Beyond Names and Forms, Ctd.

Jeff, a regular commenter on the blog, asks a worthwhile question in response to this post. He asks:

“…..if God is transcendent and hence unknowable, how do we *know* God is transcendent and unknowable? So too, saying God is beyond name and form and encouraging one to “leave your notion of God for an experience of that which transcends all notions” *is itself* giving form and name and a notion to a subject–namely your God. So too suggesting that the mystery of life is beyond all human conception can only be said if you know through your conceptions where the mystery of life is located.”

I don’t believe it is self refuting to suggest we can know that something is ultimately unknowable. I guess it depends on how we treat the word “know.” It is a word that possesses many layers of meaning. It is not a word that mimics an on/off switch. For instance, I can stand on a beach and see and smell the ocean in front of me and I know the ocean exists. I go for a swim and I feel the water and taste the salt. In that moment I’ve experienced the ocean to the fullest extent that my senses will allow. I leave the beach with some knowledge of the ocean but I also leave with a vast unknowing of its deep, mysterious nature. I appreciate what the ocean is through my limited ability to experience it. But my limited appreciation falls immeasurably short from all that the ocean contains. Jeff, I don’t think you’re arguing this point but I say all this to set up why I think it’s important to acknowledge our unknowing of the mysteries of the world we find ourselves in, including our understanding of God.

If I were to somehow believe that during my day at the beach I was capable of coming to a competent knowing of what the ocean is, I’d be robbing myself of the greatest gift the ocean can offer: mystery. So in a sense, the only way to truly know and be in a life-giving relationship with the ocean is to admit that what I sense of its nature is terribly incomplete. I know it, yet I can’t know it and because of that fact, I feel compelled to return to it and drink it all in again. It’s the same with our relationship to creation, to each other, and to God. I like how Pete Rollins points out that within each person is a mysterious universe of being. If we don’t recognize the way in which we can’t fully know each other then we begin to see the other as an “it” and not a “thou.” In the same way, the language Meister Eckhart uses is critical. Once we are confident we know God, we cease to be drawn into the rich life God offers. Maybe there is a better word? Instead of claiming that I know God, maybe claiming that I sense God is more appropriate. I suppose I’ll leave the knowing to God, who I sense knows me fully and gives me mercy. Maybe that’s a meaningless distinction for some but I hope it’s worthwhile.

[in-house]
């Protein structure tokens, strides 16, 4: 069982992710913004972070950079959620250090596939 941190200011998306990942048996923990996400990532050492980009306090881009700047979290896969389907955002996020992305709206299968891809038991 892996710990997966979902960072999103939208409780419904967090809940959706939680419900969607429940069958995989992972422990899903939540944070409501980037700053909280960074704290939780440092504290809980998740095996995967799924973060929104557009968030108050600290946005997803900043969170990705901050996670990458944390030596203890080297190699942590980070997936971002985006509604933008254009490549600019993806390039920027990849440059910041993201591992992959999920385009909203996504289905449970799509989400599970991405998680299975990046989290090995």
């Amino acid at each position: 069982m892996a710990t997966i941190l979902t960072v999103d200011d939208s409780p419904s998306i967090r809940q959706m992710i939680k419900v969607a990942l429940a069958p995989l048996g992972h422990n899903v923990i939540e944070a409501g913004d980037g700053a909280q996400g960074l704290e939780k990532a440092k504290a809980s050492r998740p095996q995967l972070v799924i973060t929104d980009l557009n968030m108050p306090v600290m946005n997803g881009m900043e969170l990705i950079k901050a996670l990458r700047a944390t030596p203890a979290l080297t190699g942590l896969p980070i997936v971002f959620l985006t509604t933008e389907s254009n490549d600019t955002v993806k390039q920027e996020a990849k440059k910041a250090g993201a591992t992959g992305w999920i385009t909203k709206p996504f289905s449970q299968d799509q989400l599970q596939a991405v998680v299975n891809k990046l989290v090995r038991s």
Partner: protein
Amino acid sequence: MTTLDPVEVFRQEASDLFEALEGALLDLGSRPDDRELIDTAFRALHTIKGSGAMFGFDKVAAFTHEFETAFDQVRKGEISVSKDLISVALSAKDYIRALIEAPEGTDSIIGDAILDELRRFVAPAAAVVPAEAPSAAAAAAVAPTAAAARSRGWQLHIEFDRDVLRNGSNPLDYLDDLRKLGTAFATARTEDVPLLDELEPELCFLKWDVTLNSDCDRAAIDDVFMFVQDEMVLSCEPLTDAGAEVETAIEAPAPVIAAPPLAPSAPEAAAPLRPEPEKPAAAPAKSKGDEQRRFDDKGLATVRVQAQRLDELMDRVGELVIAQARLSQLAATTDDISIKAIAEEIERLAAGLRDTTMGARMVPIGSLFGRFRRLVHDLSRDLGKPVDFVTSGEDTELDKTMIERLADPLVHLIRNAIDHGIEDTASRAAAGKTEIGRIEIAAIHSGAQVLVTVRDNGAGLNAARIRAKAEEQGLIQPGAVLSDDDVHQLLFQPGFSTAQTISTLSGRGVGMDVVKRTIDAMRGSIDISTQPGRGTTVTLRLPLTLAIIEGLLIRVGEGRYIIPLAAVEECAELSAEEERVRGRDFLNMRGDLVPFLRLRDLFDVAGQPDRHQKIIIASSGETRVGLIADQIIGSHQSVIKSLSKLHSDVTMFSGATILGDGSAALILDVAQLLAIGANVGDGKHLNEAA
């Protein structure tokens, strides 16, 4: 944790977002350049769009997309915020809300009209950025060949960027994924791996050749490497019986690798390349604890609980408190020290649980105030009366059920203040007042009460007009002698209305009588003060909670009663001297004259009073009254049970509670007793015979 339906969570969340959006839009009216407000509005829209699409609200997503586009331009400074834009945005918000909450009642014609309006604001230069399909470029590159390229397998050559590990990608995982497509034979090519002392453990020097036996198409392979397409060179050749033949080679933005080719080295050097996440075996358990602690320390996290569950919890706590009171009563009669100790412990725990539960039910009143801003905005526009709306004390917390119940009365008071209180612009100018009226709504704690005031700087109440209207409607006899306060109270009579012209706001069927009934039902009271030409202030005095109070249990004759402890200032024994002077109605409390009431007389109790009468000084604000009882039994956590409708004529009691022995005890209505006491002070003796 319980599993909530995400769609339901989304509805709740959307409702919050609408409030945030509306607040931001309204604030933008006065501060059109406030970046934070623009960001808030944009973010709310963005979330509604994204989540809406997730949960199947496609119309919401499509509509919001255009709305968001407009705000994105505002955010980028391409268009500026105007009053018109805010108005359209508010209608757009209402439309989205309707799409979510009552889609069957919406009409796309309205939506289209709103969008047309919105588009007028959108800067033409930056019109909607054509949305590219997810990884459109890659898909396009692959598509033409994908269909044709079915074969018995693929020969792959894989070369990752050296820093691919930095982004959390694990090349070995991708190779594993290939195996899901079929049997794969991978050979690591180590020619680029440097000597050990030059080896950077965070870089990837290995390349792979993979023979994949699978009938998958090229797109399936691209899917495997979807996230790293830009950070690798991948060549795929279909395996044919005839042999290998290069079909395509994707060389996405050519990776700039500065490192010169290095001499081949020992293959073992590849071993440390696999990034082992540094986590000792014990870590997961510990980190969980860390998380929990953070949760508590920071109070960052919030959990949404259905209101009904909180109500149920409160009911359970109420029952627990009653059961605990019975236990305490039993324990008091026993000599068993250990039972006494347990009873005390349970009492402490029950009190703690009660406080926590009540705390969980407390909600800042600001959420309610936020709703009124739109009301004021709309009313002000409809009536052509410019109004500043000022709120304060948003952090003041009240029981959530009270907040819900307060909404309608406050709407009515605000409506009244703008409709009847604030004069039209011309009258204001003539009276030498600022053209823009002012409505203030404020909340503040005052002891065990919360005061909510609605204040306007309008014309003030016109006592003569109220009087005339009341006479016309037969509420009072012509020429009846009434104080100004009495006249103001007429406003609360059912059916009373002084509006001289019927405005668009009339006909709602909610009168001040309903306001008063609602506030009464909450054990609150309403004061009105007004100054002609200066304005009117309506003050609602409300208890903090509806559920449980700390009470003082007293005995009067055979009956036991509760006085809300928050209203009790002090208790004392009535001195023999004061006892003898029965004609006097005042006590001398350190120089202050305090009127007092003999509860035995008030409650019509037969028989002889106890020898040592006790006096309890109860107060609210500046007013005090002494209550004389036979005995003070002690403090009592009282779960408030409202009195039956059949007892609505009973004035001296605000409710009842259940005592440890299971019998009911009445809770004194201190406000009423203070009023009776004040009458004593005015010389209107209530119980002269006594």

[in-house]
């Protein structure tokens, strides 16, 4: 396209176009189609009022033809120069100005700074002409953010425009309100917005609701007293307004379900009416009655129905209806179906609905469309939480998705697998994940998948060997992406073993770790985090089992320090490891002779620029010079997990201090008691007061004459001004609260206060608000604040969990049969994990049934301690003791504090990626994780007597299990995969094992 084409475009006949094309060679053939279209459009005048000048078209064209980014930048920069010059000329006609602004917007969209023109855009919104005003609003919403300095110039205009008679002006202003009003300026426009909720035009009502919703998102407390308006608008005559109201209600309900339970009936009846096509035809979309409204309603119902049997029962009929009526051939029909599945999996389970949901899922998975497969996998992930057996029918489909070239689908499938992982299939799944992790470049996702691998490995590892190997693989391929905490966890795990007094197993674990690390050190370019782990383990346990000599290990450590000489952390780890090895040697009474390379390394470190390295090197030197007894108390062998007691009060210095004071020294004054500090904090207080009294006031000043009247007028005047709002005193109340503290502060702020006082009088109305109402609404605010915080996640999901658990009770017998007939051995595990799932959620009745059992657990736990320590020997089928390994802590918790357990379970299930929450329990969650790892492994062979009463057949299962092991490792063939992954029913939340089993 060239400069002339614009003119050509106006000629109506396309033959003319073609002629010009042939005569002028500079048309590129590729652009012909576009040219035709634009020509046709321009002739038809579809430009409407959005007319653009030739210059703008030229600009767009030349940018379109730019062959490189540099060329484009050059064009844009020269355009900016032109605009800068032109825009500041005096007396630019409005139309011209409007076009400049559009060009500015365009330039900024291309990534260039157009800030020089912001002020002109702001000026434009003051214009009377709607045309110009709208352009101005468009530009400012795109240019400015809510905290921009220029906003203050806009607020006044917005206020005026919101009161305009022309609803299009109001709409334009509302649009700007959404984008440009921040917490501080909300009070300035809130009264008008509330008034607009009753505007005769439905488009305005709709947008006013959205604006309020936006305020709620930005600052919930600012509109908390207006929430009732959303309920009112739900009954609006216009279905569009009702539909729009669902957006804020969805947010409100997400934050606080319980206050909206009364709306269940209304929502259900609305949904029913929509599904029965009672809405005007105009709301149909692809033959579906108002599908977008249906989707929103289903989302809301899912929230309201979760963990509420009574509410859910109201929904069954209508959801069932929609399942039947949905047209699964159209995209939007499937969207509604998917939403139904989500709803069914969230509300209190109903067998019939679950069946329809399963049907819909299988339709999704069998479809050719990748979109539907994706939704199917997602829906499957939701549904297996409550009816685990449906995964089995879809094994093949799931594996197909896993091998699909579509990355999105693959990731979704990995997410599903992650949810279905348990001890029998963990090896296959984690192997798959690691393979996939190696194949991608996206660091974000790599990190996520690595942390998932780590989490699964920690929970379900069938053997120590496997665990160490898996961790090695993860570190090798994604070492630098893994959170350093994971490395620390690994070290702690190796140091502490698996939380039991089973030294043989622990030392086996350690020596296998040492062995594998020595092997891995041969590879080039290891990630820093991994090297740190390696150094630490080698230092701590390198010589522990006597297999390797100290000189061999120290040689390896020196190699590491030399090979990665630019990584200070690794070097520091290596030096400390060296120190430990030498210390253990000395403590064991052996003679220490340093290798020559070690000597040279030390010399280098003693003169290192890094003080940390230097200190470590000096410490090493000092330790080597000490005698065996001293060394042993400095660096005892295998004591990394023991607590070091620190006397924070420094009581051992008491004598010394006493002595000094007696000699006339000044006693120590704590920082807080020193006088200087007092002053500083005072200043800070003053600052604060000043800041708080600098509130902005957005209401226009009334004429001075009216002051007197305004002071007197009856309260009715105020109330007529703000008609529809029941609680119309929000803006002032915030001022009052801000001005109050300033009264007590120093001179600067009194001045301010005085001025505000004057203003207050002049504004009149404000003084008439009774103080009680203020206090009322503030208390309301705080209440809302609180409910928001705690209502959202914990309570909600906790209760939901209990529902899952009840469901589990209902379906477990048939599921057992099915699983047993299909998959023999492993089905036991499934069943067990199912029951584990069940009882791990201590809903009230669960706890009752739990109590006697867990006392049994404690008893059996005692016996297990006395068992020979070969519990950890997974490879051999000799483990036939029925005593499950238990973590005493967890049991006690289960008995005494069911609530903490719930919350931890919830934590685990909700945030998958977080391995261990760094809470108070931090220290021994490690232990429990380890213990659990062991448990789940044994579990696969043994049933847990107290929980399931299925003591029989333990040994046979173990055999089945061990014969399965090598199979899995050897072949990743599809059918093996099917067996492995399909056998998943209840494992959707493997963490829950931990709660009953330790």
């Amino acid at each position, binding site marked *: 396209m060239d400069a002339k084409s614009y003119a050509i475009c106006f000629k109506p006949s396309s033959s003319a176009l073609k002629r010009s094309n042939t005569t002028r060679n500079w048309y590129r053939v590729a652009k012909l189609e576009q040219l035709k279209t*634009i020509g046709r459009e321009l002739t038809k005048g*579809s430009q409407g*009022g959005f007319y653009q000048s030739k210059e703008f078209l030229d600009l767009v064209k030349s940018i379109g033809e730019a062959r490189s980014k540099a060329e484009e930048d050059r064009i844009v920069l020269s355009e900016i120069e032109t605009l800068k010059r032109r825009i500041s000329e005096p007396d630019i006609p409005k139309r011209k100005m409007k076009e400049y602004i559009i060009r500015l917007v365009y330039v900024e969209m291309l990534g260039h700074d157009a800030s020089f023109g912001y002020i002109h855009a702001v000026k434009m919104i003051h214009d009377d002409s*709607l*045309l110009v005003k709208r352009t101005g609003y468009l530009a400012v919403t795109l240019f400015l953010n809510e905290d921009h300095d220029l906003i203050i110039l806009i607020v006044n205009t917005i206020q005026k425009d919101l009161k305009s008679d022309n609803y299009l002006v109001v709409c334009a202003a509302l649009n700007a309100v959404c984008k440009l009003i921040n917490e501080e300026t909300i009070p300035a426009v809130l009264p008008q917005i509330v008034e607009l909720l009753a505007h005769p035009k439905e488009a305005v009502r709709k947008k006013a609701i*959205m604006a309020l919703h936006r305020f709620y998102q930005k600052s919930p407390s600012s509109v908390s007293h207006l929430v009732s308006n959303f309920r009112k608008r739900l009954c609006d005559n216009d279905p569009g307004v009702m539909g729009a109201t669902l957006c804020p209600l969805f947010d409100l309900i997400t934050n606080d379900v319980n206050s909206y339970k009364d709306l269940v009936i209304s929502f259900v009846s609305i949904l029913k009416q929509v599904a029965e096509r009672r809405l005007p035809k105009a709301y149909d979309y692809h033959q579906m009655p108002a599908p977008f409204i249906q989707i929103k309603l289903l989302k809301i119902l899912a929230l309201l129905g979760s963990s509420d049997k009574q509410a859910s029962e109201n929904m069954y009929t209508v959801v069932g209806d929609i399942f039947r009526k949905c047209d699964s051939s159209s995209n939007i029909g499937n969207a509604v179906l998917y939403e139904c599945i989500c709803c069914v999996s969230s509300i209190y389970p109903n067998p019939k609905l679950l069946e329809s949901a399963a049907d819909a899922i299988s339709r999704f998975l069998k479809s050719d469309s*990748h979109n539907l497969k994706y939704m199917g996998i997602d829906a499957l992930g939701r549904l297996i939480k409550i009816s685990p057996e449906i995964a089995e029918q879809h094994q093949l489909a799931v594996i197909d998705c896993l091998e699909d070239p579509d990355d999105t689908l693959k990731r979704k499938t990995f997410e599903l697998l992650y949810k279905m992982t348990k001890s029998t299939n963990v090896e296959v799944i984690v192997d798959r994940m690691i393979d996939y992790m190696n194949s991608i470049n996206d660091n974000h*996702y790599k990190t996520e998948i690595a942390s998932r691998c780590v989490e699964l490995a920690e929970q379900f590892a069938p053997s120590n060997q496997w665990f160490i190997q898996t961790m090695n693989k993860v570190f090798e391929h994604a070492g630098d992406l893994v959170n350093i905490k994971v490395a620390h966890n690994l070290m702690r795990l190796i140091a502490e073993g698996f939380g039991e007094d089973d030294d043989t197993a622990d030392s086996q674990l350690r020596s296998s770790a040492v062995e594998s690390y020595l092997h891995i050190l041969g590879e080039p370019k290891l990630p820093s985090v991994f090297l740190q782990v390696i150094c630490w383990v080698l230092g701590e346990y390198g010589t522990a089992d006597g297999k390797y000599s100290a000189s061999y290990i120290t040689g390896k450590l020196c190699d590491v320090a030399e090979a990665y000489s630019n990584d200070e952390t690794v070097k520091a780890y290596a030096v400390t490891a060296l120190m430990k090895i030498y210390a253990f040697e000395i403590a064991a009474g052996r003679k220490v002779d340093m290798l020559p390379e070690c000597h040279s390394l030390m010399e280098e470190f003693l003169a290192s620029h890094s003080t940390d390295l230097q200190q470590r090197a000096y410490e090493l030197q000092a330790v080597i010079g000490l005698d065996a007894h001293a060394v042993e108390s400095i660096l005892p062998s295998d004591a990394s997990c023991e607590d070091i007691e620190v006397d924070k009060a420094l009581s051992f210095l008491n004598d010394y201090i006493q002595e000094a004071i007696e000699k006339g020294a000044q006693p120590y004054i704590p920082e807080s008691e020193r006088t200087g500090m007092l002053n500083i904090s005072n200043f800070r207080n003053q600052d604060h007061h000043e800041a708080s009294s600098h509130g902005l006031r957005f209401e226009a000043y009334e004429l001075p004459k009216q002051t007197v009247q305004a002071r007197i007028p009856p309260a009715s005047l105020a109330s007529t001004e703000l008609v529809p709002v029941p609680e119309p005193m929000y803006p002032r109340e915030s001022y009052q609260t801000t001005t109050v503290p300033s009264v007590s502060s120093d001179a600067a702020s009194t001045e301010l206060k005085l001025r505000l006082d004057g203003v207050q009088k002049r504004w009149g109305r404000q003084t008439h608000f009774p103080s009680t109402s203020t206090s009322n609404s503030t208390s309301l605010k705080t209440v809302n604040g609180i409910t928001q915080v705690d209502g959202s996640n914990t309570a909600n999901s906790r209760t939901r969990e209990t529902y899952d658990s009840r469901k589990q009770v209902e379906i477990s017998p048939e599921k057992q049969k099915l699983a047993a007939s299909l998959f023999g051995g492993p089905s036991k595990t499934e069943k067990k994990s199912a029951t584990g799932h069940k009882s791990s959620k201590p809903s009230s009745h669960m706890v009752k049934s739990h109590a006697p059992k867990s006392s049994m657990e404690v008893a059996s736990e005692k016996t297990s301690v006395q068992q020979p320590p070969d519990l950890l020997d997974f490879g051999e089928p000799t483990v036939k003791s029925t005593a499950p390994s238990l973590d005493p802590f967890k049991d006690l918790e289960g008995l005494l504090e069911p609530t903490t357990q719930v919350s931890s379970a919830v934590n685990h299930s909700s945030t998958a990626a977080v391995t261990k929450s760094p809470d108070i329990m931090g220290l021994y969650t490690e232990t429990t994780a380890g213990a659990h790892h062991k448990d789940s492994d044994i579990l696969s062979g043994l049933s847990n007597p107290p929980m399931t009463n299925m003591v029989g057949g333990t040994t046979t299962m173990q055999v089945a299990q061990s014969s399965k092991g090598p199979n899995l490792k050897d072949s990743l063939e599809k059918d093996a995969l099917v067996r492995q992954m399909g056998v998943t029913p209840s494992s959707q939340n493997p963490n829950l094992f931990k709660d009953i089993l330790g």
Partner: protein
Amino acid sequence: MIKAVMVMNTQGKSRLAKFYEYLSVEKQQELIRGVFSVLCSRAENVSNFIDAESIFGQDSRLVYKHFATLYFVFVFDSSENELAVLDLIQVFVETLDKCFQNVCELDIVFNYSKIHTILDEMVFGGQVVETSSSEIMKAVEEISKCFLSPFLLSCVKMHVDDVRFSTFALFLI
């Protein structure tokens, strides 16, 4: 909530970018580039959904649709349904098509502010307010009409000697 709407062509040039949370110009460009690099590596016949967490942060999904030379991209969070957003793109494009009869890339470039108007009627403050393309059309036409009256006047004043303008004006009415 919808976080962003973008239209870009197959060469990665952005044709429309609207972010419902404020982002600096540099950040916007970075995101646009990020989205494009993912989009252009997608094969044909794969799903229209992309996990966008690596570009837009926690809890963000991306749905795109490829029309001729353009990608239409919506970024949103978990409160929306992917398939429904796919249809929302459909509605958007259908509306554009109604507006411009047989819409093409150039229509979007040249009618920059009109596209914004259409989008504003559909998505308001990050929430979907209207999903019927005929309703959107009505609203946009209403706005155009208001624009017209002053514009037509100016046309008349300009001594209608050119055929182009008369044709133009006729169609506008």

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One thought on “Beyond Names and Forms, Ctd.

  1. Well said! I think the ocean metaphor works very well.

    It feels to me as though you are saying that you can “know” in part, but not in whole. Would that be right?

    For example, you can know that God is deeply mysterious, or at least you can say, “I experience something that is massive and worth diving into.” And that is worthy knowledge to have, for you also suggests that God is merciful–and that is certainly a bit of knowledge.

    The idea of “sense” I also think is helpful because it displays how we encounter and interact with God, and that such interactions are personally relevant and meaningful. “Sensing” that God is merciful, for example, is subjective, but I still think it is a candidate for “knowledge”.

    I too share a skepticism of many religious claims. I too think they easily get in the way of our encountering God and our own transformation. I wonder if we need to be conscious of a golden mean here. Not falling off one side of a horse (complete agnosticism regarding God and his pursuit of us) or the other (explicit, all-encompassing dogma), but sitting upright and embracing the mysterious God. In Paul’s words, “I know in part; then I shall know fully, even as I [now] am fully known.”

    That passage reflects your last statement, which I thought quite insightful.

    Be well! Thanks for the clarification! – Jeff

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